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Fast and Frugal Heuristics

Gerd Gigerenzer
Max Planck Institute for Human Development, Germany

The expected utility framework has shaped our ideal of rational decision-making: making optimal trade-offs by weighting and summing. Yet many interesting problems, including well-defined ones such as chess, are computationally intractable. That is, the optimal solution cannot be found, neither by mind nor by machine. What do people do when optimization is out of reach? My hypothesis is that we often rely on fast and frugal heuristics. Today, I will discuss one class of heuristics that employ sequential search and one-reason decision making. This class includes take the best, fast and frugal trees, and the priority heuristic. I show that simple heuristics can make predictions as good as or better than multiple regression and other complex strategies do, yet faster and at less cost. The priority heuristic predicts (i) Allais’ paradox, (ii) risk aversion for gains if probabilities are high, (iii) risk seeking for gains if probabilities are low (lottery tickets), (iv) risk aversion for losses if probabilities are low (buying insurance), (v) risk seeking for losses if probabilities are high, and other violations of expected utility theory. Across four studies, it outdoes cumulative prospect theory in predicting people’s majority choices. The systematic study of adaptive heuristics can provide a psychologically informed alternative to the expected utility framework.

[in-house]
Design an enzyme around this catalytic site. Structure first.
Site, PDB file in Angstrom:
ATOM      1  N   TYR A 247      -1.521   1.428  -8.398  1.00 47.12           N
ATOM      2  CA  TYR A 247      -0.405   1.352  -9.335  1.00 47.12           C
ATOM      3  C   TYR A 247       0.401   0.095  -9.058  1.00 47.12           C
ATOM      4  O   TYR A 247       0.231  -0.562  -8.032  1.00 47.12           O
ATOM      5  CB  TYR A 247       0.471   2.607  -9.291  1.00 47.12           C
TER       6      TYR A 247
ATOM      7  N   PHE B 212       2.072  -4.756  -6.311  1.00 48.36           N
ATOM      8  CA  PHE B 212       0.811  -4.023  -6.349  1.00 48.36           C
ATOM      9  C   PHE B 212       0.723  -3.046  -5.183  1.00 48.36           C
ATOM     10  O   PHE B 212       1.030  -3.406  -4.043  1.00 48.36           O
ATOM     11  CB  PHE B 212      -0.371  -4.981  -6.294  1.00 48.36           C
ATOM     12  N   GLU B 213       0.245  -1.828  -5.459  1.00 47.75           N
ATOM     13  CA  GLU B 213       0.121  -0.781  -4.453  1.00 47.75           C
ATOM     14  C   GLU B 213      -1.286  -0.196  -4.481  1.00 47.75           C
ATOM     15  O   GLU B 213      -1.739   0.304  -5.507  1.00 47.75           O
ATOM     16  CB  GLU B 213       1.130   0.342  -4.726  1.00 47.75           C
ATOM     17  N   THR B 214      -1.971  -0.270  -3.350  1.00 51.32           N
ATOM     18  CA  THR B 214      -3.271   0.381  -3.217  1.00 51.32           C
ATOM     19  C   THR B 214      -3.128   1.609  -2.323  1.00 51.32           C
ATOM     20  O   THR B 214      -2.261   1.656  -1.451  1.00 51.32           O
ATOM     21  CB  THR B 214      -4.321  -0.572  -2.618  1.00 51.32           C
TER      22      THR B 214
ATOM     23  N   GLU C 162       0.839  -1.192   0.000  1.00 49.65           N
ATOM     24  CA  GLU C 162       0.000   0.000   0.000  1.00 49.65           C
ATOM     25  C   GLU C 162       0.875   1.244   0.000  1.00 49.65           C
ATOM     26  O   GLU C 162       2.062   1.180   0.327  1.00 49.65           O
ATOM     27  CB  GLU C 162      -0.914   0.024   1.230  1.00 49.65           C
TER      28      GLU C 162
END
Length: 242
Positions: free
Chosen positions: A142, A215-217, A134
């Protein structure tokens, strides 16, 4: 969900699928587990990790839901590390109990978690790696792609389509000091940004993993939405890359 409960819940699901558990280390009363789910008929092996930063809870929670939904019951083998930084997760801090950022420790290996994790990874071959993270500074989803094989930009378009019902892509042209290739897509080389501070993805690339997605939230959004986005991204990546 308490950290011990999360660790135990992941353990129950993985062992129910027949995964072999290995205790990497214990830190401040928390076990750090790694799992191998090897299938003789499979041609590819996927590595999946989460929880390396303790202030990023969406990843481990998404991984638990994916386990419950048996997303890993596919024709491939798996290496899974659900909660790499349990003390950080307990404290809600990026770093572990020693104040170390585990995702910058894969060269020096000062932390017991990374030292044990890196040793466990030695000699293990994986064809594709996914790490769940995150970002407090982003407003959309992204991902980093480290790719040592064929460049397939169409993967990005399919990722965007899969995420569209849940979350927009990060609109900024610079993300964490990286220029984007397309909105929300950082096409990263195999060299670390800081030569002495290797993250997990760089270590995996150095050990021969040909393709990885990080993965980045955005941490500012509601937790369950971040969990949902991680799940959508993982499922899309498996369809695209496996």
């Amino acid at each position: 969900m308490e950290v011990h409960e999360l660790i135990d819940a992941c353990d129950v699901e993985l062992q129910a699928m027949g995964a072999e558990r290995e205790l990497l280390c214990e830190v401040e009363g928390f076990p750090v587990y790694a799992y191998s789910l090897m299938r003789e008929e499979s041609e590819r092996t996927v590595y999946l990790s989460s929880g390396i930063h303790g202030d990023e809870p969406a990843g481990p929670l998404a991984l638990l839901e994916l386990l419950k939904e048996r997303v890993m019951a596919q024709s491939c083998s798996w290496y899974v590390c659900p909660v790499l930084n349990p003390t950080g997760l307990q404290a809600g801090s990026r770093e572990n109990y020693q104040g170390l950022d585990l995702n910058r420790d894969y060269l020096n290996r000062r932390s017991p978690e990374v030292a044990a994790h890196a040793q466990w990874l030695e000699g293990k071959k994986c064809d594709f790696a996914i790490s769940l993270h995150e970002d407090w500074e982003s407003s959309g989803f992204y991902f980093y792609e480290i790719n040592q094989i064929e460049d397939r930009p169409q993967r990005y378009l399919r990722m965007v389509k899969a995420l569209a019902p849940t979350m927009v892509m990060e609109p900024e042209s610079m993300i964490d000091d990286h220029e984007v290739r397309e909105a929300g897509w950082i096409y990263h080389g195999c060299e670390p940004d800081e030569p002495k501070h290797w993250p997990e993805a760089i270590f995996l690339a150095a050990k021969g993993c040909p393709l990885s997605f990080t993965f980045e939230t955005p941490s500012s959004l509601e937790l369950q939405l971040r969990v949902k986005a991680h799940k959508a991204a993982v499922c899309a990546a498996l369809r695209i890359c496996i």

Gigerenzer, G. (2004). Fast and frugal heuristics: The tools of bounded rationality. In D. Koehler & N. Harvey (Eds.), Blackwell handbook of judgment and decision making (pp. 62–88). Oxford, UK: Blackwell.

Gigerenzer, G., & Selten, R. (Eds.). (2001). Bounded rationality: The adaptive toolbox. Cambridge, MA: MIT Press.